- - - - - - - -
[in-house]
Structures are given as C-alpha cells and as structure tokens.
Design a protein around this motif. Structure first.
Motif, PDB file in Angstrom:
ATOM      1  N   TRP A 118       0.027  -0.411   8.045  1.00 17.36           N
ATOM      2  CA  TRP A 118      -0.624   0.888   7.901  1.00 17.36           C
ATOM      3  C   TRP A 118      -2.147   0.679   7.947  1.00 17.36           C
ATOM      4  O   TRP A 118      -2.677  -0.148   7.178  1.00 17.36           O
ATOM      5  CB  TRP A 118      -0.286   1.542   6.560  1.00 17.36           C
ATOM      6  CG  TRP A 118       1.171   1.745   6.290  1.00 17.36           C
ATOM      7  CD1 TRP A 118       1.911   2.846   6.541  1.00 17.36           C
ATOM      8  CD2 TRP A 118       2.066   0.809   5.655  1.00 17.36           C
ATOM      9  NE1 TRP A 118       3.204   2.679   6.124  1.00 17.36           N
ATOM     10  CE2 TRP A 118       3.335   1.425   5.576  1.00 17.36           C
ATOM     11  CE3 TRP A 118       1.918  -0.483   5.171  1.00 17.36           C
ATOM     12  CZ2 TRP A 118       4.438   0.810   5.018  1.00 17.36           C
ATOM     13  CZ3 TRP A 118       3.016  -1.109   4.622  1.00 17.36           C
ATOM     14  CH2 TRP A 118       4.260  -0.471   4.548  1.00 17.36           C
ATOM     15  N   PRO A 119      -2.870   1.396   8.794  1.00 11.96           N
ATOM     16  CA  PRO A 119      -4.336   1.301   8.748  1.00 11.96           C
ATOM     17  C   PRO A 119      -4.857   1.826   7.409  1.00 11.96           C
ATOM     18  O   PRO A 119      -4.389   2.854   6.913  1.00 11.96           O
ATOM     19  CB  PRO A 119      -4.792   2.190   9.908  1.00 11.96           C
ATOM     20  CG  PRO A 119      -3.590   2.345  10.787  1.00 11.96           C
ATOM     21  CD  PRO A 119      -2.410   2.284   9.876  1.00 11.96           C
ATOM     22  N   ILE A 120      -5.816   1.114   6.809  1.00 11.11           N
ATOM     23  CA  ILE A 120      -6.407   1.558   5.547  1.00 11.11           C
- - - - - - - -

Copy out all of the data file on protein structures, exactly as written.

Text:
[in-house]
Structures are given as C-alpha cells and as structure tokens.
Design a protein around this motif. Structure first.
Motif, PDB file in Angstrom:
ATOM      1  N   TRP A 118       0.027  -0.411   8.045  1.00 17.36           N
ATOM      2  CA  TRP A 118      -0.624   0.888   7.901  1.00 17.36           C
ATOM      3  C   TRP A 118      -2.147   0.679   7.947  1.00 17.36           C
ATOM      4  O   TRP A 118      -2.677  -0.148   7.178  1.00 17.36           O
ATOM      5  CB  TRP A 118      -0.286   1.542   6.560  1.00 17.36           C
ATOM      6  CG  TRP A 118       1.171   1.745   6.290  1.00 17.36           C
ATOM      7  CD1 TRP A 118       1.911   2.846   6.541  1.00 17.36           C
ATOM      8  CD2 TRP A 118       2.066   0.809   5.655  1.00 17.36           C
ATOM      9  NE1 TRP A 118       3.204   2.679   6.124  1.00 17.36           N
ATOM     10  CE2 TRP A 118       3.335   1.425   5.576  1.00 17.36           C
ATOM     11  CE3 TRP A 118       1.918  -0.483   5.171  1.00 17.36           C
ATOM     12  CZ2 TRP A 118       4.438   0.810   5.018  1.00 17.36           C
ATOM     13  CZ3 TRP A 118       3.016  -1.109   4.622  1.00 17.36           C
ATOM     14  CH2 TRP A 118       4.260  -0.471   4.548  1.00 17.36           C
ATOM     15  N   PRO A 119      -2.870   1.396   8.794  1.00 11.96           N
ATOM     16  CA  PRO A 119      -4.336   1.301   8.748  1.00 11.96           C
ATOM     17  C   PRO A 119      -4.857   1.826   7.409  1.00 11.96           C
ATOM     18  O   PRO A 119      -4.389   2.854   6.913  1.00 11.96           O
ATOM     19  CB  PRO A 119      -4.792   2.190   9.908  1.00 11.96           C
ATOM     20  CG  PRO A 119      -3.590   2.345  10.787  1.00 11.96           C
ATOM     21  CD  PRO A 119      -2.410   2.284   9.876  1.00 11.96           C
ATOM     22  N   ILE A 120      -5.816   1.114   6.809  1.00 11.11           N
ATOM     23  CA  ILE A 120      -6.407   1.558   5.547  1.00 11.11           C